City attorney candidates: from left, Greg Smith, incumbent Carmen Trutanich… (Smith campaign [photo on…)
In a sign of how bitter the race for Los Angeles city attorney has become, two of the three main candidates on the March 5 ballot continued to hammer each other Monday, while the campaign of a largely self-funded, dark horse candidate appeared to pick up steam.
City Atty. Carmen Trutanich, former lawmaker Mike Feuer and private lawyer Greg Smith mixed it up during a radio debate on KCRW-FM (89.9)'s "Which Way, L.A.?" Trutanich and Feuer reserved their sharpest barbs for one another, with Feuer calling Trutanich's tenure a failure and Trutanich continuing to deride Feuer's lack of courtroom experience.
Also Monday, Trutanich launched a TV advertising campaign that echoed the inexperience theme. The campaign said the spot will begin airing this week on cable stations. Feuer says his broader experience running a legal aid foundation, then serving on the L.A. City Council and in the state Assembly makes him best qualified for the city's top legal job, which includes prosecuting misdemeanors; defending the city in civil suits; advising the council, mayor and departments; and vetting ordinances the council has proposed.
During the debate, moderator Warren Olney touched off one of the dust ups in asking how each candidate stood on Measure A, the proposed sales tax increase on the ballot. All three said they opposed it, but Trutanich added — erroneously, it turned out — that "Feuer just changed his position."
"I absolutely have not changed my position," Feuer responded.
After the program, the Feuer campaign produced a mailer that it said showed Trutanich had paid to be on a pro-Measure A slate, or endorsement list. But what he had paid to be on was a slate called "L.A. Voter Guide," which included endorsements not only for Measure A but also for several other candidates, including at least two who do not support Measure A. The disclaimer on the mailer states that an appearance on the slate "does not necessarily imply endorsement of" issues or other candidates on the mailer.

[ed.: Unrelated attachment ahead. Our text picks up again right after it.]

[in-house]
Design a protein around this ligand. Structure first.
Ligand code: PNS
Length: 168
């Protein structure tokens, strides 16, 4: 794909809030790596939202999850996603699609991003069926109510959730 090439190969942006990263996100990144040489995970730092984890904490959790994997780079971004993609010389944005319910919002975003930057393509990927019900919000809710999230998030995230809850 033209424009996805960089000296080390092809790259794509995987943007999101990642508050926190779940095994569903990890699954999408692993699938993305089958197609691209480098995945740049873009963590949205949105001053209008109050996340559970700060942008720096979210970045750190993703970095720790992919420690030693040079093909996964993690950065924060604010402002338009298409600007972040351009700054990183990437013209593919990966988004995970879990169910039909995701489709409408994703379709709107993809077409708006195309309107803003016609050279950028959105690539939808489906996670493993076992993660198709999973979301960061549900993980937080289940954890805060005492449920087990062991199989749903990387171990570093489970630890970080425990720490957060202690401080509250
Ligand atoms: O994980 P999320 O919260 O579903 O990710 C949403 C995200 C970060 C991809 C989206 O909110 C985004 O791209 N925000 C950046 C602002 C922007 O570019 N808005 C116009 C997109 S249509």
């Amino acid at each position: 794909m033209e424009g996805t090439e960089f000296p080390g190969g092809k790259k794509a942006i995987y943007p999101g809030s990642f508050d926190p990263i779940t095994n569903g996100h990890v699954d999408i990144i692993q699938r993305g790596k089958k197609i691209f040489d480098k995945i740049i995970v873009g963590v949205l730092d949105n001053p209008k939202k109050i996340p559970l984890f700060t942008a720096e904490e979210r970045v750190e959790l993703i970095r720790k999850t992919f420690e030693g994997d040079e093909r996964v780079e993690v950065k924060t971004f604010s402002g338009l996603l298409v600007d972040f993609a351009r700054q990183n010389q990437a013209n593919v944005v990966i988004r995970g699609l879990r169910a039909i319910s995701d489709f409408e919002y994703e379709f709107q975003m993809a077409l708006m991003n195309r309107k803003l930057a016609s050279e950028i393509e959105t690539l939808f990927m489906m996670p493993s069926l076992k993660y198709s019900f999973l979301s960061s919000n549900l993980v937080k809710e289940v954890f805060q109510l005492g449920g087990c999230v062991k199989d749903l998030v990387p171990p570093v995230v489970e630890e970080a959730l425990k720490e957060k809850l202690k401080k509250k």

Slate mailers can be confusing because they often lump together candidates who do not support one another and causes the candidates may not agree with. Some candidates are included without their knowledge. Others pay to reach specific types of voters; for example, Feuer, a Democrat, paid to have his name on a slate sent to Republican voters.
The debate came at a good time for first-time candidate Smith, who has made millions of dollars during a 25-year career representing police officers and firefighters in discrimination and whistle-blower lawsuits against their local government employers. He has spent a lot of his own money, mostly on television ads. This week, he said he is adding $200,000 to his campaign kitty, which would bring his personal investment to $820,000.
The money will help Smith stay on television and keep airing a radio ad that started over the weekend, Smith strategist John Thomas said Monday.
The campaign also had picked up some notable endorsements lately. Backers include organizations representing such law enforcement groups as the Los Angeles Airport Peace Officers Assn. and, on Monday, the Peace Officer Research Assn. of California. Both groups backed Trutanich when he first ran for — and won — the office, in 2009.
The Los Angeles News Group, which includes the San Fernando Valley-based Daily News of Los Angeles and the South Bay-based Daily Breeze, also endorsed Smith over the weekend.